They diverted course to render assistance and found a lifeboat with 48 survivors of the passenger/cargo ship DOMALA and an additional 3 survivors clinging to a raft. They also noted various bodies floating in the water. The survivors were brought aboard and the vessel continued to Rotterdam.

By the time the vessel arrived in Rotterdam word had already arrived that the JONGE WILLEM had been attacked. My Grandmother was on the quay when the vessel arrived and almost panicked when she did not see her husband at the rail. The wounded and survivors were first carried off the ship and only then my Grandmother was allowed aboard to find my Grandfather in his cabin doing paperwork. She gave him a proper chewing out. Many years later she would retell the story to her grandchildren in the presence of my Grandfather and told us that Opa was a chicken who was afraid of blood and therefore stayed below deck. My Grandfather never argued with my Grandmother, but I have seen him bleed, and he has seen me bleed in various repair jobs and the only thing I ever saw him walk away from was onions.

In April 1940 the JONGE WILLEM sale to KNSM was completed.

My Grandfather made one more trip and arrived in Rotterdam on May 9, 1940, one day before the German invasion of the Netherlands.  He and the JONGE WILLEM were both in Rotterdam when the city was attacked and destroyed by the Nazis in May of 1940. The fighting had blocked the passage to sea and my Grandfather, many other sailors, and many ships were bottled up in the harbor.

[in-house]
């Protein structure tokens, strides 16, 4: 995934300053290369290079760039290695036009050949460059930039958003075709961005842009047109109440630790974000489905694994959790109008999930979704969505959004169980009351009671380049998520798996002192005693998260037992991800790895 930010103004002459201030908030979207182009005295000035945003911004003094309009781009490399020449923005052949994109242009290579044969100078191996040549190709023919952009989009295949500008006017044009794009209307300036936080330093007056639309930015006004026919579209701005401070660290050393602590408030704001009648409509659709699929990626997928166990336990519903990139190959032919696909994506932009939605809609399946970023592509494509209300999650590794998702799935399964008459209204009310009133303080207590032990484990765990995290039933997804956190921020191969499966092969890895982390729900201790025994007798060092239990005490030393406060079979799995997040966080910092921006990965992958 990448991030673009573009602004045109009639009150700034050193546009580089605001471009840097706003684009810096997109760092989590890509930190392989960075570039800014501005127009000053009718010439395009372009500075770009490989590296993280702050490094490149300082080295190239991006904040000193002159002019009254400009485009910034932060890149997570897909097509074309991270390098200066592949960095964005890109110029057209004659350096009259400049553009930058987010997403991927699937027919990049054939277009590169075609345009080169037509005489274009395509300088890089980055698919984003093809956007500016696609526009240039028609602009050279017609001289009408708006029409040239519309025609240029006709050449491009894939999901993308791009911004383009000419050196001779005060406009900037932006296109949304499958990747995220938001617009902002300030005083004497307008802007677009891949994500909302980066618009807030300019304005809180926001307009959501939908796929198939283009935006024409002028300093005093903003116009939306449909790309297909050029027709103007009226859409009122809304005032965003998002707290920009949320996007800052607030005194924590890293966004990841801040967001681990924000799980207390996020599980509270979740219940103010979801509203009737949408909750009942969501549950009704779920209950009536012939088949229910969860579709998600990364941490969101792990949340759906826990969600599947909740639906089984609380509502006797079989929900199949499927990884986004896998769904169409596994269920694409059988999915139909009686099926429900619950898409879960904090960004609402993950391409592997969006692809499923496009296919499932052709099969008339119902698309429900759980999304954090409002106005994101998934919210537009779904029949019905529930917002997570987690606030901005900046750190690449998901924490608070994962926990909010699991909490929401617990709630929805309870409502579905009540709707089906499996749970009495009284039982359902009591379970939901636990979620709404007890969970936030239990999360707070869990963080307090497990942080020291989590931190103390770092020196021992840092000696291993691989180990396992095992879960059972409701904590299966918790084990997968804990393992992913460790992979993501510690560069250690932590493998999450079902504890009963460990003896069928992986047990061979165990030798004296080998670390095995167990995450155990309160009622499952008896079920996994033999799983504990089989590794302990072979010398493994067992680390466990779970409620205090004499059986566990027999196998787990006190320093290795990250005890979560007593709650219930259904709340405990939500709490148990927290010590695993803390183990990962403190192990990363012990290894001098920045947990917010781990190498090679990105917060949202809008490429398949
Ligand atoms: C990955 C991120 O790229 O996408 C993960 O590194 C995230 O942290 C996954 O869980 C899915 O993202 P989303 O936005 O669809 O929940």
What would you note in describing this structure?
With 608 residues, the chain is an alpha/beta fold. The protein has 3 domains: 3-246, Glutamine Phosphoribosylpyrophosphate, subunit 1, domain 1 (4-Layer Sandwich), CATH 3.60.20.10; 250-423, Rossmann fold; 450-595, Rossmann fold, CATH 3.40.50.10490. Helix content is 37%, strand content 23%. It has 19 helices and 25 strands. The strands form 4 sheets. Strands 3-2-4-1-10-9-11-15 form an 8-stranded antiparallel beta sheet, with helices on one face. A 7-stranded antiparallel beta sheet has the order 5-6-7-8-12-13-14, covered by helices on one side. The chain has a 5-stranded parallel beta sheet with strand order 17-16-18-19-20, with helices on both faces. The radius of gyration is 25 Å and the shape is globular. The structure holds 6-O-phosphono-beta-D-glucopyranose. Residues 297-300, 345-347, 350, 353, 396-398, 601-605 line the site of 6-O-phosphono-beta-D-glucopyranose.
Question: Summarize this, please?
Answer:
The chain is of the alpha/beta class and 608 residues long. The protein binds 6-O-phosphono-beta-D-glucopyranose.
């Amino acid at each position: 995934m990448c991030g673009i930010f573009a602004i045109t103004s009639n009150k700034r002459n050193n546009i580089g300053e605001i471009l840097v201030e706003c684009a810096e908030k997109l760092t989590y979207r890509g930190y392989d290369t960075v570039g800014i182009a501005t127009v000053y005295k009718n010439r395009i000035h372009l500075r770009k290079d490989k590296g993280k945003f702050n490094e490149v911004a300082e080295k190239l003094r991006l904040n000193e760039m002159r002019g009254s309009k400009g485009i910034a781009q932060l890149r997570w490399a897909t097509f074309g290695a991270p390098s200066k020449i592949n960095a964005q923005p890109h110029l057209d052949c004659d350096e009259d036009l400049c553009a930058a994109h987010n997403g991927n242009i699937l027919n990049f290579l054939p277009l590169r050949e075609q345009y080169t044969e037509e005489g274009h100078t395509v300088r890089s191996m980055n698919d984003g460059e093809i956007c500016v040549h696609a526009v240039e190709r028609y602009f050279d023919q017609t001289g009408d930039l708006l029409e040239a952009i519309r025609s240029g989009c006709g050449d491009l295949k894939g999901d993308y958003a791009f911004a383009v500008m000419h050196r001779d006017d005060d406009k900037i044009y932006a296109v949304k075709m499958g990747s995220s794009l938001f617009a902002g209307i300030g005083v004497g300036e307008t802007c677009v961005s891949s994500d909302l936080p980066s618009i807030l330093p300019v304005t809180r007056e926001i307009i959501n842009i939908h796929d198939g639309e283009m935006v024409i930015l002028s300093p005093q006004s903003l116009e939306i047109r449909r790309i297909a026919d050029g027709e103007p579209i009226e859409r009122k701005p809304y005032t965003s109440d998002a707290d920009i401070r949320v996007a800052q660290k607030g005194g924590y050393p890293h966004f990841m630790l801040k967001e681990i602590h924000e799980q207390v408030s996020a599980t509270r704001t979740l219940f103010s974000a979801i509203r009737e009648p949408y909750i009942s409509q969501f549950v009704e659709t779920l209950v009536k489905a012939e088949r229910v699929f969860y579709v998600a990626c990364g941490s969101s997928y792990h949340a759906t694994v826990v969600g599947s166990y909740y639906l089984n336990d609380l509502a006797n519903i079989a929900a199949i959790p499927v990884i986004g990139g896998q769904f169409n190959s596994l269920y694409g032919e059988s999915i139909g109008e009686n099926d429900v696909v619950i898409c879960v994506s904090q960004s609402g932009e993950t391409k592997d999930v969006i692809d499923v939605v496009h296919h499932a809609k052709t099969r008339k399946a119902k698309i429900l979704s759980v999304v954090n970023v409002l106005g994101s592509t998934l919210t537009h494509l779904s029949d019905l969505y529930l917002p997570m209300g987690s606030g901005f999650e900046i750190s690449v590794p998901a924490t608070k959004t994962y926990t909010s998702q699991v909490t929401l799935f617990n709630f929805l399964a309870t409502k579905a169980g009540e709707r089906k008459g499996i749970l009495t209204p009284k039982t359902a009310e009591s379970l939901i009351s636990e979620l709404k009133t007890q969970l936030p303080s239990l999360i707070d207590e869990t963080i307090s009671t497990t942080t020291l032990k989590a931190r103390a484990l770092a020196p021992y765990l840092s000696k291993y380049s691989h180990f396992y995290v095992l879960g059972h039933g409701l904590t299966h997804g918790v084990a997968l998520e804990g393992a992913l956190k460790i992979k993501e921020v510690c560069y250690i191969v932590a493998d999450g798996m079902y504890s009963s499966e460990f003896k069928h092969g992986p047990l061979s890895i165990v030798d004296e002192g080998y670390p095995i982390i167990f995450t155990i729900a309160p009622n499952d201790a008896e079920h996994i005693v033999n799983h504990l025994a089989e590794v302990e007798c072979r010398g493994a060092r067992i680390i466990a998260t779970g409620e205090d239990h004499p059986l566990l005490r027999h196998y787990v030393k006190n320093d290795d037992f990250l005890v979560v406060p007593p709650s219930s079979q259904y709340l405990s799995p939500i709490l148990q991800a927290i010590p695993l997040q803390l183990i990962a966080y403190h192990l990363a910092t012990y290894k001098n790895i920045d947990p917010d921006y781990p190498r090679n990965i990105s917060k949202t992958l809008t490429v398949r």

He and his family survived without a scratch, but soon decided to move Groningen, our ancestral home city in the north of The Netherlands. During the war the Germans were keen on getting their hands on mariners and my Grandfather was picked up to sail for the Halcyon line which focused on trade with Sweden, which was a neutral country. He would make a trip when he could not avoid it, but later in the war hid in the northern part of the Province of Groningen (Uithuizermeden), where there was distant family that could provide hiding places on their farms.

My Grandmother was repeatedly interrogated (but not physically harmed) by the Germans. She managed to convince them that she did not know where he was, which was actually true and only my Grandfather’s mother had any idea where he was. She was ailing with diabetes and perfectly willing to take that information to the grave if the Germans became a little too pushy. (As a child I already figured out that her plan was fundamentally flawed, since I am sure she would give up the information if the Nazis started shooting her other family one by one). Towards the very end of the war all German shipping had stopped and the Germans stopped paying attention to my Grandfather.

At the end of the war he was declared a non-cooperator, and on 11 May 1945 was provided with a letter that stated that, so far as known, the Head of the Political Investigation Service in Groningen found my grandfather to be politically trustworthy.